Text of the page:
What does washoku mean? It is the Japanese word for traditional food. Sounds simple enough, but there is a lot more to it than that. Washoku also refers to the ingredients, preparation, and food-culture that surrounds this amazing cuisine.
A lot has happened since I started this blog in the summer of 2015. Though it started as a way for me to share my own personal story of learning to cook Japanese food, it has evolved into a blog where I share my greatest obsession, a love of Japanese culture. Whether I am explaining what the origins of emoji are or describing the history of candy in Japan, I always love learning more about this amazing country and sharing it with my readers.
And though the experience has been worth it simply for its own merit, it paid off more than I could imagine. In the spring of 2017, a Japanese television show found me through my blog and I was given the amazing opportunity to travel to Japan and film an episode with them. Though I was unable to write about it until the episode aired, I am now able to do so and have been recording my experience here.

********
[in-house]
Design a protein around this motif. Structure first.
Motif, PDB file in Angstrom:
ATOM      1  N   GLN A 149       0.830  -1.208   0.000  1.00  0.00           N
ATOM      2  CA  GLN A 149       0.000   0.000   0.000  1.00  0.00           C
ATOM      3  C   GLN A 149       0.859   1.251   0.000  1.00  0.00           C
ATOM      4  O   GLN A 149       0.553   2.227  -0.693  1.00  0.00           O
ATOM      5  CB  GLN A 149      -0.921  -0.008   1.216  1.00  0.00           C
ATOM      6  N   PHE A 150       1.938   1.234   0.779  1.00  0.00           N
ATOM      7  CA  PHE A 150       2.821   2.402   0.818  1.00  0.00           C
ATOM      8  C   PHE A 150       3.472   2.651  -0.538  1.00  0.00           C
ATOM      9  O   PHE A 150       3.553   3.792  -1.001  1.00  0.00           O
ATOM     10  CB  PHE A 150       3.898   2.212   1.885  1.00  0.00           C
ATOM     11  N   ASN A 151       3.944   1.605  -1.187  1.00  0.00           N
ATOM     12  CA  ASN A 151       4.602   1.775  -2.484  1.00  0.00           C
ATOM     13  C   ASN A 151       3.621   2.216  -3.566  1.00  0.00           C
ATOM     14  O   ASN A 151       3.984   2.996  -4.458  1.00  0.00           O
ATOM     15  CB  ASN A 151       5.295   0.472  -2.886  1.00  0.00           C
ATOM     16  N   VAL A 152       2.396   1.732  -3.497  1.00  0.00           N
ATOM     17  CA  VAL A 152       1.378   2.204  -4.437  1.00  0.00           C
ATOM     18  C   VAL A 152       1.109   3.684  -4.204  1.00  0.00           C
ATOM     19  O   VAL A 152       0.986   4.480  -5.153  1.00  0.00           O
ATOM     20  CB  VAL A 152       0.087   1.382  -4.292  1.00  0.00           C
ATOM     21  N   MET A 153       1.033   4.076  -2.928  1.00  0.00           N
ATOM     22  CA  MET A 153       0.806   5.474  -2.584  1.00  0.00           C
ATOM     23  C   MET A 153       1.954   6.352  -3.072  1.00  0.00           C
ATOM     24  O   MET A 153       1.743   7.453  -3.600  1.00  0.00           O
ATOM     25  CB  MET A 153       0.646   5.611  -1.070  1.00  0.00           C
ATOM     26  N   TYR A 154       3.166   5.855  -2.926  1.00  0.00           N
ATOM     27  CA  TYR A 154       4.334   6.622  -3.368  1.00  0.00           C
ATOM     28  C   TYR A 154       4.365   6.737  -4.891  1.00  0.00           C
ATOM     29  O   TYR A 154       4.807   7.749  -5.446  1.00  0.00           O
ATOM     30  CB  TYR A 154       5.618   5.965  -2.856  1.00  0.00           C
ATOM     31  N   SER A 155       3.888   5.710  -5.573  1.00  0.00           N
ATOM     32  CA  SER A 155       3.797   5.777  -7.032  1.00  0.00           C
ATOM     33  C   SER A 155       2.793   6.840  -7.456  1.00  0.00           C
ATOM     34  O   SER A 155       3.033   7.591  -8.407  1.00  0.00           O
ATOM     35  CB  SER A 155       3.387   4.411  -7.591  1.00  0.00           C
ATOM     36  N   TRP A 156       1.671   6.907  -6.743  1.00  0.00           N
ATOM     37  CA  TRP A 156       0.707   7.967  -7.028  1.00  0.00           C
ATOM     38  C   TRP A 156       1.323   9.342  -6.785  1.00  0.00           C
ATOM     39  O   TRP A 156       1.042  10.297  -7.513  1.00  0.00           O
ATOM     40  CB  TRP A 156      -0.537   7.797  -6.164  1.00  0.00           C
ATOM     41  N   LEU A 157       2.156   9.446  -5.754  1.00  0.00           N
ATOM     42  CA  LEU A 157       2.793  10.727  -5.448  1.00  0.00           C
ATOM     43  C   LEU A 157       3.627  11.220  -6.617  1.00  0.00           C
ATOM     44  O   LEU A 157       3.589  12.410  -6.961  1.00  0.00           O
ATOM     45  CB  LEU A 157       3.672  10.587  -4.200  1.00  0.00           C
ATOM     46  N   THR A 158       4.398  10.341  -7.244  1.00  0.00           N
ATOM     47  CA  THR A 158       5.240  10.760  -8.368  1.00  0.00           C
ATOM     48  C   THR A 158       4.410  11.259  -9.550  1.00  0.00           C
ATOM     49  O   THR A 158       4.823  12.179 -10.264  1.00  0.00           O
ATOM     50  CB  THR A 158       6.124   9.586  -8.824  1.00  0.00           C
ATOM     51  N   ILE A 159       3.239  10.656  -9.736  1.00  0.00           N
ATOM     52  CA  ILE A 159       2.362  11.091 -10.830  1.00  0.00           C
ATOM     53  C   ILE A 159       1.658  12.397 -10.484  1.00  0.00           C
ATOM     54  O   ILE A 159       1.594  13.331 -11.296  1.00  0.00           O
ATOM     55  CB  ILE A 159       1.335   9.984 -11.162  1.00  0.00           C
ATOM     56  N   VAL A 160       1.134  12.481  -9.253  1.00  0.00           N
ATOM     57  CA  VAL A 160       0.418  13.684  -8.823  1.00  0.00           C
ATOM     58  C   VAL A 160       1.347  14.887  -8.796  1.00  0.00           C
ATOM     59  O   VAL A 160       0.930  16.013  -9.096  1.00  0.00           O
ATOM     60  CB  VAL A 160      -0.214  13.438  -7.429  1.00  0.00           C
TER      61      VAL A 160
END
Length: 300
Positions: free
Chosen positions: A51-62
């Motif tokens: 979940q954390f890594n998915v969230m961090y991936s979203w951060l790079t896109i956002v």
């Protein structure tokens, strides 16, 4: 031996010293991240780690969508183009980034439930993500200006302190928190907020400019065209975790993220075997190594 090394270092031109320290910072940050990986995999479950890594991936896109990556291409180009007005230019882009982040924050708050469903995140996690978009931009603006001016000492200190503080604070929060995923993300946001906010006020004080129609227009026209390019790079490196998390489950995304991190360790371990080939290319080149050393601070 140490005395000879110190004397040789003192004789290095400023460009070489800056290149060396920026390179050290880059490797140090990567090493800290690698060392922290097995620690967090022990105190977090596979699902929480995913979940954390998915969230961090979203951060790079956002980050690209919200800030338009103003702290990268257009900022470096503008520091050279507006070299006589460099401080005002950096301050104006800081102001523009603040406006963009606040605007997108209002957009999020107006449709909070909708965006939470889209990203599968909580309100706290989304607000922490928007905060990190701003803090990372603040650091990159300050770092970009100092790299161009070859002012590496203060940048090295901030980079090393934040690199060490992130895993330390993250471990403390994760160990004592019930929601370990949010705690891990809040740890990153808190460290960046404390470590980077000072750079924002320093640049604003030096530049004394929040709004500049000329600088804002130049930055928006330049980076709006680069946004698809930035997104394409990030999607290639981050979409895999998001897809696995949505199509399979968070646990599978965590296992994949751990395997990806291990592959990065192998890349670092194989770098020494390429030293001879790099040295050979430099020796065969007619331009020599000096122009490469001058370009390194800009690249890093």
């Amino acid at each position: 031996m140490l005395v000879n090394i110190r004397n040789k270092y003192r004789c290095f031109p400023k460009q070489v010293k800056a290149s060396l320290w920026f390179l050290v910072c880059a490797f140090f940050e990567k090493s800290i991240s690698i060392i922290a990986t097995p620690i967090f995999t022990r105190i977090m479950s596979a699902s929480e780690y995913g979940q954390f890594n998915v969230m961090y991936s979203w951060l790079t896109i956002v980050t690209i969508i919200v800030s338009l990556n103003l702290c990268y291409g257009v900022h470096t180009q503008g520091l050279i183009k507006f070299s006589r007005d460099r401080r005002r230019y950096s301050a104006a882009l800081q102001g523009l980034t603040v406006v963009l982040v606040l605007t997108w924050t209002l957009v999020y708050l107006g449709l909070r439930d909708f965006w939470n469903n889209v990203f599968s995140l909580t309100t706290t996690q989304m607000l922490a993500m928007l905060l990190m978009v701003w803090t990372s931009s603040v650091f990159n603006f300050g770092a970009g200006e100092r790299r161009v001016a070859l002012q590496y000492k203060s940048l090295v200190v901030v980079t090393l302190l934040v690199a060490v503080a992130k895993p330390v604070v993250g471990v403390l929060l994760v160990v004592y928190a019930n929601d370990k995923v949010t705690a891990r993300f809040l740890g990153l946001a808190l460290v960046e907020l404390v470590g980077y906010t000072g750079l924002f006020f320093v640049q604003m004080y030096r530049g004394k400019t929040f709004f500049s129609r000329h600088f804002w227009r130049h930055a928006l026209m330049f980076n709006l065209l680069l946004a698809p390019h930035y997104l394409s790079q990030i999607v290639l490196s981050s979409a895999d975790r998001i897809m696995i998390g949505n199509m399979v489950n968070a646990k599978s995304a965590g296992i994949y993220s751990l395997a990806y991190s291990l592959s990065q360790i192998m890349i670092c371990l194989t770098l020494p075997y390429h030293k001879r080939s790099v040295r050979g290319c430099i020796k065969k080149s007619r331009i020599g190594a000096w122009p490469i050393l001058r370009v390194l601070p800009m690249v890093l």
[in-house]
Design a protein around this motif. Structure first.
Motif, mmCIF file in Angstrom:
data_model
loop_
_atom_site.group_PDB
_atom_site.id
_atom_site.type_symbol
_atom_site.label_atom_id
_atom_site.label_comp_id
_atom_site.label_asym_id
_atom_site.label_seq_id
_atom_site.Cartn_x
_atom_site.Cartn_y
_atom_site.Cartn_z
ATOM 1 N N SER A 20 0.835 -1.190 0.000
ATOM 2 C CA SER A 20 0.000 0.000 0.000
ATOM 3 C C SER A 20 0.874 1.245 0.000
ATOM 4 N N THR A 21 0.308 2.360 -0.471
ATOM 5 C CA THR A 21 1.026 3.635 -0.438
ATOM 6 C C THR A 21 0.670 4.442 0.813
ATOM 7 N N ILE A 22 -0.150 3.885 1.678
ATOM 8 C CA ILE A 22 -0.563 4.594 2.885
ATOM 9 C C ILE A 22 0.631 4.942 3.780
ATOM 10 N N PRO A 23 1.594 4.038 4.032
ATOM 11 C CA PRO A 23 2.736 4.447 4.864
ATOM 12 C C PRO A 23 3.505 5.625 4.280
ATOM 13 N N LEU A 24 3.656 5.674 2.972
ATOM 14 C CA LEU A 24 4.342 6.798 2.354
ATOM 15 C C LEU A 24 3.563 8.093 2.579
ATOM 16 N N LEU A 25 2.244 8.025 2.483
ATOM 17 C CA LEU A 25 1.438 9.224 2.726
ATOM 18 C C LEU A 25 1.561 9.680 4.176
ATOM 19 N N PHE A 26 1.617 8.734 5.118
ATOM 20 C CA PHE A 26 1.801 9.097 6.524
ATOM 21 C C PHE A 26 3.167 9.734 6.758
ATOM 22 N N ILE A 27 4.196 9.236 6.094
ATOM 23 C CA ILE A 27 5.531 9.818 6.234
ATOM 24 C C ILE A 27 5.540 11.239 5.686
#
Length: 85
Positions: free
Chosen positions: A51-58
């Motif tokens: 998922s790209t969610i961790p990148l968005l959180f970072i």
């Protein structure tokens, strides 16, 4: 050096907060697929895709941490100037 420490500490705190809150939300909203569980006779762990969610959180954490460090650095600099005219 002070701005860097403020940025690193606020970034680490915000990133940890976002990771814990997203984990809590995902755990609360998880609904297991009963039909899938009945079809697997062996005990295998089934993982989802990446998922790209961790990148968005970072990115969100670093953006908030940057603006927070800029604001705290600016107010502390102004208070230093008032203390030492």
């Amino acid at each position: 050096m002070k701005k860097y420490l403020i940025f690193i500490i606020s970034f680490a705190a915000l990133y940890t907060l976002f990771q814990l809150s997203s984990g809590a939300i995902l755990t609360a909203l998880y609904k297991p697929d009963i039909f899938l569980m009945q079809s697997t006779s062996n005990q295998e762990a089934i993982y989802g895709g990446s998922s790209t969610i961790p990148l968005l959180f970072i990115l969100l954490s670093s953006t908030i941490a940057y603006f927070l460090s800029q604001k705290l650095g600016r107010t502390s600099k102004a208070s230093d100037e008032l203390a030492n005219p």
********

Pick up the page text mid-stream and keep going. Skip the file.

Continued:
Here is a selection of some of my blog posts. For more content, go to the Archive page.
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The Three Wise Monkeys are very recognizable. You see them all over the place, from ceramic statues found at Target to, well, emojis. You might even know that they’re Japanese in origin. But, I bet you didn’t know that the monkeys have names. Mizaru, who sees no evil; Kikazaru, who hears no evil; and Iwazaru, who speaks no evil. As for the cheeky addition you sometimes see who is covering up his privates, I don’t know his name, but we’ll call him Chad.